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STRUCTURALISM: The idea in sociology, anthropology, literary theory, or linguistics that the best way to understand a cultural artifact (like family units, religious rites, or human language) is not to define each component individually, as its own unique element, but rather to define each component by its relationship to other parts of the same structure. To give a rough example, consider a concept like "father" in American society. If we were attempting to define this concept and how the role functions in American society or in a traditional family from the 1950s, a nonstructuralist might define a father as "a male adult figure who provides income for the family and who serves as an authority figure or protector." Such a definition seeks to define the role based on what it does or what it is, per se. In contrast, a structuralist might instead seek to define a "father" by showing the relationship that figure would have in the larger structure of the family, i.e., a "father corresponds to a mother, but is of opposite gender, and the two together may have children, forming a larger structure called a family, and within that family the father traditionally protects the children and labors outside the household while the mother nutures them within the home." For the structuralist, it makes no sense to define a father without considering the other parts of the family structure and explaining the father's role in relationship to those other parts. The role of father cannot exist if the roles of mother and children do not exist. They are interdependent in ontology.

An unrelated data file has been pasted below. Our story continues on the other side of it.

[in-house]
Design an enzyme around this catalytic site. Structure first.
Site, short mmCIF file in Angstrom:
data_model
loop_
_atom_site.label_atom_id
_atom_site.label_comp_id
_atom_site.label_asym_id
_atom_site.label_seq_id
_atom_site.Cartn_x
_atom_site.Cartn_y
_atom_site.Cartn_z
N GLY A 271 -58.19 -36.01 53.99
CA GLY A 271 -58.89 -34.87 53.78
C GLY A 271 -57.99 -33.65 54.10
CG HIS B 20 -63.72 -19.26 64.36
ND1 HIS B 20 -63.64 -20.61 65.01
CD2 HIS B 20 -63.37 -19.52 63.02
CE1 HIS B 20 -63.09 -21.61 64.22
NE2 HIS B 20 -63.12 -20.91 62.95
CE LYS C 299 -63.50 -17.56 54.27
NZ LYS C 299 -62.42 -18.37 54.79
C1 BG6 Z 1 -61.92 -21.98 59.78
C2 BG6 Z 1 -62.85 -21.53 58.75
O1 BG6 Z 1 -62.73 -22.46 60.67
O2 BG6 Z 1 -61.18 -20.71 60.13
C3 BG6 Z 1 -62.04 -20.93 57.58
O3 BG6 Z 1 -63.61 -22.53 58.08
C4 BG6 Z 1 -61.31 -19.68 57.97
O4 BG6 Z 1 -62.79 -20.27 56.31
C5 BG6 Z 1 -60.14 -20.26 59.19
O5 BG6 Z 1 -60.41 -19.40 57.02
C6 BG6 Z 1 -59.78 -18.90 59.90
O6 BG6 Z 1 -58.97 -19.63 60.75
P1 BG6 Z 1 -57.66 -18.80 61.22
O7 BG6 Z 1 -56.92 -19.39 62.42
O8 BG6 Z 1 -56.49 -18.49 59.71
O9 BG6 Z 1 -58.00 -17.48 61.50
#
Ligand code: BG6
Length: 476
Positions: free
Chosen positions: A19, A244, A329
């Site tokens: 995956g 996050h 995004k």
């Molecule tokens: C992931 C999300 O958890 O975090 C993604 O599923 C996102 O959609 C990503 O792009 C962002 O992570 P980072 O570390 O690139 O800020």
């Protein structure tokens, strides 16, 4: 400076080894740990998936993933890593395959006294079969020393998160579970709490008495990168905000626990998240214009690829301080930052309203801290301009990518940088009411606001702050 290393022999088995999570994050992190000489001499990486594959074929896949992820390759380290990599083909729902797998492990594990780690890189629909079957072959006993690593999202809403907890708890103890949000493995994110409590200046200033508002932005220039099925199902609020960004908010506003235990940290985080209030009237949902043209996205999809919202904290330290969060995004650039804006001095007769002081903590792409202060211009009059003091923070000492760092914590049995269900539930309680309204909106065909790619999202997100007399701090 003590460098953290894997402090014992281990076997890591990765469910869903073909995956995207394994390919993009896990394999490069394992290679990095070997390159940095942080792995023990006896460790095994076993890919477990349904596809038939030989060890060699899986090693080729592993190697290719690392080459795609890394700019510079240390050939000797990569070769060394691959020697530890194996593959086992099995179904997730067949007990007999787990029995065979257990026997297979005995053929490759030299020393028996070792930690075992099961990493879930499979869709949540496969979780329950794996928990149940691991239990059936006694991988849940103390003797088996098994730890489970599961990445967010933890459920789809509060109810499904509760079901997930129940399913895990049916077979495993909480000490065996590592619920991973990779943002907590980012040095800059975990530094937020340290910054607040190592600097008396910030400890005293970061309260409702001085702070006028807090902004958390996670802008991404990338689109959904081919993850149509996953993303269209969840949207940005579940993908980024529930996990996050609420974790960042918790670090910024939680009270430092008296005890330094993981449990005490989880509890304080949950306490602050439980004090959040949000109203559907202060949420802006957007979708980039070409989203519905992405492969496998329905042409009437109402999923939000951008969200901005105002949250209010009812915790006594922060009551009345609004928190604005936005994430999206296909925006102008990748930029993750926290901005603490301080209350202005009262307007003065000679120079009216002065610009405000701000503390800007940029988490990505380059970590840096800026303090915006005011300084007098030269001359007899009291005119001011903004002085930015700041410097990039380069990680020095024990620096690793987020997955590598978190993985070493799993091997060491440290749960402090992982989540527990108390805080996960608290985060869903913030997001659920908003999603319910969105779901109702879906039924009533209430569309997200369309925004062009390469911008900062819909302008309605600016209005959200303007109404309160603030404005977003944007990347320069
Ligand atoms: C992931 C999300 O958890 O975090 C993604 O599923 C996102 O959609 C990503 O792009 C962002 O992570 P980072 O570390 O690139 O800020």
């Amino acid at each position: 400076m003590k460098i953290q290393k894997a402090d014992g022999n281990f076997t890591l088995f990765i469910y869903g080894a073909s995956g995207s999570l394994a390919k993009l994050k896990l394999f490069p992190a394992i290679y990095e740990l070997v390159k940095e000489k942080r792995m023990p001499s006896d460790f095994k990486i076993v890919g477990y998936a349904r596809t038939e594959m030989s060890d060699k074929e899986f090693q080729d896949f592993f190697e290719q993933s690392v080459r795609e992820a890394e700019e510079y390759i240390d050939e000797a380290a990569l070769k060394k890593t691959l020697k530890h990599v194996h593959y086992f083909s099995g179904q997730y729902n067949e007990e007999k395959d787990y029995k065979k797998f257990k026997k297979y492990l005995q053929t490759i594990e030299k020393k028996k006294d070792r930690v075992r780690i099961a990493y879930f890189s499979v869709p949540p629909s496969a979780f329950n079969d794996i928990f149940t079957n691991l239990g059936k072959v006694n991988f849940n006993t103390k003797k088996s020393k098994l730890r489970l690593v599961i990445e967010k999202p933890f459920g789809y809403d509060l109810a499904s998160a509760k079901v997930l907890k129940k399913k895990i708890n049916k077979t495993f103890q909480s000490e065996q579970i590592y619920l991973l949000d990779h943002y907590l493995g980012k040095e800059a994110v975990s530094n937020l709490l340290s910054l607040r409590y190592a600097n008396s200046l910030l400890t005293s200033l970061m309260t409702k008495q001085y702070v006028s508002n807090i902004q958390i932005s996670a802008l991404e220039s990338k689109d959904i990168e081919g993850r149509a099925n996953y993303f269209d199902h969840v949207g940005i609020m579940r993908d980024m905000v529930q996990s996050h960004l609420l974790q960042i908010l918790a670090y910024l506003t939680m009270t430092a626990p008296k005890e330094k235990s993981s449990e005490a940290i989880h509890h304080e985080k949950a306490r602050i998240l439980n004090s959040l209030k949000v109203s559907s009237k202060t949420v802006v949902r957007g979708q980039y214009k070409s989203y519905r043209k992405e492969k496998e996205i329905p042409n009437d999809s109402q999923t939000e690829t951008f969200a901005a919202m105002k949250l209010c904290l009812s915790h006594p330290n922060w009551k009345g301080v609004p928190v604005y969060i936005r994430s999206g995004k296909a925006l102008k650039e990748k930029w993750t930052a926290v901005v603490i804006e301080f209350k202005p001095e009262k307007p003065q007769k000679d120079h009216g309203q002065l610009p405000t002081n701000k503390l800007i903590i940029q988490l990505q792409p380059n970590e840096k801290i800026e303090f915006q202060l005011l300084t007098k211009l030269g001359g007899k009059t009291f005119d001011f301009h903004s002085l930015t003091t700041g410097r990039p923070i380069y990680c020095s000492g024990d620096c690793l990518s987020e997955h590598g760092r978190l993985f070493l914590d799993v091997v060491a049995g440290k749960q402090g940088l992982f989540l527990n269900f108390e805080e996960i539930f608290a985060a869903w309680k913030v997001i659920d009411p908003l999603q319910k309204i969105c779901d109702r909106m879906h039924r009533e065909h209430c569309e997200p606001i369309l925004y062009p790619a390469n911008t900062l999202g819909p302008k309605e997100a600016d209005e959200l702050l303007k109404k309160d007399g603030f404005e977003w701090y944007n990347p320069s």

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Claude Leví-Strauss and other structuralists proved especially influential in cultural studies, literary theory, and interpretation of mythology. A common approach to understanding narrative structure in folklore and stories is to use structuralism. We might, for instance, apply it to Tolkien's Silmarillion, noting the connections of the Valar and the Maiar in relationship to Ilúvatar, and how Melkor is defined completely by his rebellion against Ilúvatar while the Valar are defined completely by their obedience to him, and so forth. Oppositional binaries in the creation account there rely on opposites for contrast (hot versus cold) just as in the Old Testament creation story, oppositional binaries between light/dark or land/sea or male/female only have existence because they appear in contrasting pairs, and so forth.